Effective ventilation is key to successful neonatal resuscitation.19 20 However, in some instances, removal of the face mask can improve independent respiratory efforts, potentially by reducing the deleterious effects of the TCR.8 9 A recent study showed that approximately 50% of preterm infants became apnoeic on the first facemask application after birth.7 Our results suggest that the effect on apnoea is less pronounced in term infants. There are several potential explanations for this difference. Sensory input into the central nervous system and autonomic output mature through gestation and central control mechanisms are augmented.21 22 We speculate that the higher level of arousal in term infants could over-ride some of the inhibitory effects of the TCR. In the previous study, 70% of preterm infants who stopped breathing received sustained inflations. The high pressure during a sustained inflation may initiate a TCR response that is independent of or additional to the facemask application.23 We included a high proportion of subsequent facemask applications and found that the effect on apnoea was diminished when compared with the first application.
Mask leak and airway obstruction are potential impediments to adequate ventilation, and repositioning of the face mask is recommended.12 24 In our study, approximately 10% of reapplications were followed by an apnoea. Thus, it remains important to continuously assess breathing efforts after any facemask application.
We observed a median of four facemask applications per infant. It was not possible to ascertain the reason for reapplication using video recordings, but facemask removal may have been unintentional on some occasions (eg, when the physician was focused on the monitors). The high number of repositionings demonstrate how often positive distending pressure is lost during facemask ventilation, potentially contributing to cardiorespiratory instability during neonatal stabilisation.
There were no differences between a suction mask and a conventional mask with regard to apnoea or bradycardia, and thus, our hypothesis was not supported. Since mucosal stimulation elicits the TCR,25 we speculate that warm, humidified gases may reduce the incidence of TCR-induced apnoea and bradycardia, but further studies are needed.
We showed that 20% of facemask applications were followed by a reduction in HR of ≥10 beats/min. The subgroup of infants who stopped breathing after facemask application had a more pronounced drop in HR. As these infants were breathing regularly before application, it seems likely that this effect may correspond to a TCR-induced reflex bradycardia, which may have been compounded by an evolving hypoxia. Only 4% of applications were followed by a bradycardia of <100 beats/min, which was transient in all cases, and infants recovered on stimulation and/or the initiation of mask ventilation within 10 s after the nadir in HR. Clinicians should be aware of TCR-induced apnoea and/or bradycardia when applying a face mask to a breathing infant.
This study has several limitations. In a retrospective, observational study, it is difficult to disentangle random or chance effects from true results. However, in a small number of applications, infants stopped breathing and we noted a significant drop in HR of ≥30 beats/min, possibly due to TCR activation. Additionally, our study is limited by the small sample size, which may explain the lack of difference between suction mask and conventional mask. Lastly, we evaluated video recordings where it is difficult to determine clinical actions and reactions. For most facemask applications, we had flow curves available, thus guaranteeing accurate and unbiased data on the incidence of apnoea. In our clinical assessment, we included visibility of chest excursions and distinct spontaneous movements, which do not necessarily imply adequate respirations and are prone to misjudgement. However, when both were available, there was complete agreement between clinical assessment and respiratory function monitoring in all cases, indicating a low risk of bias in determining the primary outcome.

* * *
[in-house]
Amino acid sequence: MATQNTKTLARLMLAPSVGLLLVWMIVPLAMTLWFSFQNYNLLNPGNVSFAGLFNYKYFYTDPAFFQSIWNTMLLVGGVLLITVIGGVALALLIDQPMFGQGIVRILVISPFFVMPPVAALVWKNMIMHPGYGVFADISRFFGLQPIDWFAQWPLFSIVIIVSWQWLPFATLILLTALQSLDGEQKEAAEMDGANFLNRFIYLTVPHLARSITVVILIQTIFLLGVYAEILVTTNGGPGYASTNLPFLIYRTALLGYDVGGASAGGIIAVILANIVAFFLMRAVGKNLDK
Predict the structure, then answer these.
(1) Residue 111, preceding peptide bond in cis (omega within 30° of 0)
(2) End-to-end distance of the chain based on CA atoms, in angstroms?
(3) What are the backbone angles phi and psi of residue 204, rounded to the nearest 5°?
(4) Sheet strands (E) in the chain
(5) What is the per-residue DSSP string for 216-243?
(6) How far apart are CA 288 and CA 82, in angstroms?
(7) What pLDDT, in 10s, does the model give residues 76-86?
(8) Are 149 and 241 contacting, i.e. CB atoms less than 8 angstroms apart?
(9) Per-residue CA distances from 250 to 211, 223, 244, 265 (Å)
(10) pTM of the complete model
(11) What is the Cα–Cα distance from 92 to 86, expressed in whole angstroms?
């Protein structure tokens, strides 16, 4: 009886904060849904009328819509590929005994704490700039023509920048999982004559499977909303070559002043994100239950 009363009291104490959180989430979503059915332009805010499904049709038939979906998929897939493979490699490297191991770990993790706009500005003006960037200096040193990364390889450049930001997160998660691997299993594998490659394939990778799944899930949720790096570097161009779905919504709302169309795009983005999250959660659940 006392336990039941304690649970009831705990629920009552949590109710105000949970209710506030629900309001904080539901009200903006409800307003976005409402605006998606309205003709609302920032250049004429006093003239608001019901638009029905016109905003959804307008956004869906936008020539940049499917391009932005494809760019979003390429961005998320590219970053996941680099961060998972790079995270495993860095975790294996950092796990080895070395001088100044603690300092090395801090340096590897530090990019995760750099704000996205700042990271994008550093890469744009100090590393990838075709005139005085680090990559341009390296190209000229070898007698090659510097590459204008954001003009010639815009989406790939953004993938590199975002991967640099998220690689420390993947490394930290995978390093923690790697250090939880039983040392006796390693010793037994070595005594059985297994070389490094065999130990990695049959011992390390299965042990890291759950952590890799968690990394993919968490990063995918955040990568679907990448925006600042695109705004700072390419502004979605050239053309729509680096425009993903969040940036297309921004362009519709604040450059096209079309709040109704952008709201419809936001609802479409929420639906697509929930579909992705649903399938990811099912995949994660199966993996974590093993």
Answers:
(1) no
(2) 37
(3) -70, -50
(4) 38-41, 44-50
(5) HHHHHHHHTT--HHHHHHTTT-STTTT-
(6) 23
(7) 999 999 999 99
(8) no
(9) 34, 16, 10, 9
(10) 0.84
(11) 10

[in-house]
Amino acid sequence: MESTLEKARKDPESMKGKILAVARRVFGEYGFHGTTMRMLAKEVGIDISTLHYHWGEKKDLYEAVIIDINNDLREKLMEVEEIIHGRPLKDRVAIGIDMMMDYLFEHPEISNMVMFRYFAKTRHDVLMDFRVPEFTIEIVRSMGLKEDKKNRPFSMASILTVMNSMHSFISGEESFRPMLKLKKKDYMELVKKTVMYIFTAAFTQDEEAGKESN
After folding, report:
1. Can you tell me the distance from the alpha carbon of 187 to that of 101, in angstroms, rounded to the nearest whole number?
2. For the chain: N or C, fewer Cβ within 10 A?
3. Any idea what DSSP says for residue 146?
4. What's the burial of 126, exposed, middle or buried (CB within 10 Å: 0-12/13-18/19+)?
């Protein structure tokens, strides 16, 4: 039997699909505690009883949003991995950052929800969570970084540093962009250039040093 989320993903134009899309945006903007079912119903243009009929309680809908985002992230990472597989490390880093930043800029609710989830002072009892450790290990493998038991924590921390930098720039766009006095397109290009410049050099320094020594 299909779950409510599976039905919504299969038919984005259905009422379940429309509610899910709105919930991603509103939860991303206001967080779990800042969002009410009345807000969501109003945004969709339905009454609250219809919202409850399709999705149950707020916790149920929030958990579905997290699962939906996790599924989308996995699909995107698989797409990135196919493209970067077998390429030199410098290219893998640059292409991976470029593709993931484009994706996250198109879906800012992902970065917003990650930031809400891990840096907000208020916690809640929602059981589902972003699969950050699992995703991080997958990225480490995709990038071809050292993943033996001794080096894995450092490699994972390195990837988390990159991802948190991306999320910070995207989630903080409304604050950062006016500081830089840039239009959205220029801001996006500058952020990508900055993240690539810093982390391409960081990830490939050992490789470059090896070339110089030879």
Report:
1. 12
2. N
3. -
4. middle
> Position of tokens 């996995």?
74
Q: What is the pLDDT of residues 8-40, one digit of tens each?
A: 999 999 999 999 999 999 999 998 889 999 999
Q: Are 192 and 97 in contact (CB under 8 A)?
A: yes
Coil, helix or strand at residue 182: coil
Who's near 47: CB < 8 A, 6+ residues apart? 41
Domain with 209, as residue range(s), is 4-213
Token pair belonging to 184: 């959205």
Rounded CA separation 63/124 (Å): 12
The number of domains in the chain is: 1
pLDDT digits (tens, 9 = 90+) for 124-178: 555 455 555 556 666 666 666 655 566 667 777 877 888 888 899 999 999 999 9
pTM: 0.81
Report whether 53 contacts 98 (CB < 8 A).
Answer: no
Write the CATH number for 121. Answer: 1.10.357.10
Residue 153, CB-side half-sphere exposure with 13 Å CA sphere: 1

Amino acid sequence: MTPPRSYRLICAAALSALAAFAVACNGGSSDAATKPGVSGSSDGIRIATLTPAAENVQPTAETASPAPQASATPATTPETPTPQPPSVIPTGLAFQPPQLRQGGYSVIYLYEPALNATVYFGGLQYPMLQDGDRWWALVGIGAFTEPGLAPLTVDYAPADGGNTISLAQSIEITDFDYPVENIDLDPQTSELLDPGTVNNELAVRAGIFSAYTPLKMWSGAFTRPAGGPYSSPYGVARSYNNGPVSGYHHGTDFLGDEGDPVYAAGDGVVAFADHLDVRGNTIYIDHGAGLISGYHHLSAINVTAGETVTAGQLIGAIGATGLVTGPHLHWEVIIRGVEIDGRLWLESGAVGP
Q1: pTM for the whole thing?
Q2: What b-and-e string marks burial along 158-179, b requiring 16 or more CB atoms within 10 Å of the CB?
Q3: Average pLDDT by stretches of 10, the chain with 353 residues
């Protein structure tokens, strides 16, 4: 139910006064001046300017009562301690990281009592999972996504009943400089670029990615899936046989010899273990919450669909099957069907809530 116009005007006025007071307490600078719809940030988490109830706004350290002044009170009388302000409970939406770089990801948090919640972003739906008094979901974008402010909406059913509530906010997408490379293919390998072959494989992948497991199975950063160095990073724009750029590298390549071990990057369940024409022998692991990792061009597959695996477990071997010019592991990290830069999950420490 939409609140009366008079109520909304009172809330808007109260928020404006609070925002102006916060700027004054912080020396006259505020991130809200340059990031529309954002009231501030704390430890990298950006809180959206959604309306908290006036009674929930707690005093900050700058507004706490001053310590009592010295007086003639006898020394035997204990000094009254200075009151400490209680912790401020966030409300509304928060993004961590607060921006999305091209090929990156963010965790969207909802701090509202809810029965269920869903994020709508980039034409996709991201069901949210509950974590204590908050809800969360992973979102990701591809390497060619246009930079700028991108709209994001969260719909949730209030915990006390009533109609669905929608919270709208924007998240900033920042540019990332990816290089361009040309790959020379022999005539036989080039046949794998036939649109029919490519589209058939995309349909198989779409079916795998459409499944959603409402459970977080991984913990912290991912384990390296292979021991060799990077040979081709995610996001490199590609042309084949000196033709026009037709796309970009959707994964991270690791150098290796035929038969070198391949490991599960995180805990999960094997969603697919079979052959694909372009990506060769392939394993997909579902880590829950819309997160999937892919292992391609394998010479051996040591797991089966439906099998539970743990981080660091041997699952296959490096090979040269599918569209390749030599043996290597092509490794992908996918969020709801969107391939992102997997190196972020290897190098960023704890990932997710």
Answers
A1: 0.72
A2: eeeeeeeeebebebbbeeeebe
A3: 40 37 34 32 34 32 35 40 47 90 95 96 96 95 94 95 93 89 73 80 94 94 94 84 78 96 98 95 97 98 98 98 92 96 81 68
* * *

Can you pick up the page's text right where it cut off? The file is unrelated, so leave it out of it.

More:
Finally, there are alternate explanations for apnoea during newborn stabilisation: airway obstruction from secretions or malposition of the head and neck, hypoxia from any cause and placental transfer of maternal medicine. While apnoea due to the TCR has been described and may be responsible for apnoeic events during transition in late preterm and term infants, our study was not designed to prove a causal relationship.
Approximately 30% of initial facemask applications and 10% of all subsequent applications in term and late-preterm newly born infants are associated with a cessation of breathing and subsequent bradycardia. This may be caused by the TCR. Our findings suggest that the reflex is less prominent in term infants than recently described for preterm infants. Healthcare providers should be aware of this phenomenon as a potential cause of apnoea and bradycardia during neonatal stabilisation and should be watchful when applying a face mask to newly born infants in the delivery room, especially to infants who are breathing.
Data availability statement
Data are available upon reasonable request from the corresponding author.
This study was approved by the local ethics committee.
We thank Andrea Kraus for statistical consulting.
Contributors All authors were involved in planning, conducting and reporting of the work. VDG watched the videos, performed data analyses and wrote the first version of the manuscript. CMR, EOC, COFK, SBH, PGD and LS were involved in data interpretation, as well as manuscript writing. LS supervised the project. All authors approved the final version of the manuscript.
Funding This study was funded by the National Health and Medical Research Council Program (grant 2017-2021; App 1113902, App ID 1059111 (to PGD) and App ID 1073533 (to COFK)). VDG received an Endeavour Research Fellowship (Australia) (ERF_RDDH_5276_2016). LS received a research fellowship from the German Research Society (DFG-grant LO 2162/1-1) and intramural TÜFF Habilitation Program (TÜFF (2459-0-0)). CMR received an early Postdoc Mobility fellowship from the Swiss National Science Foundation (P2ZHP3_161749).
Competing interests None declared.
Provenance and peer review Not commissioned; externally peer reviewed.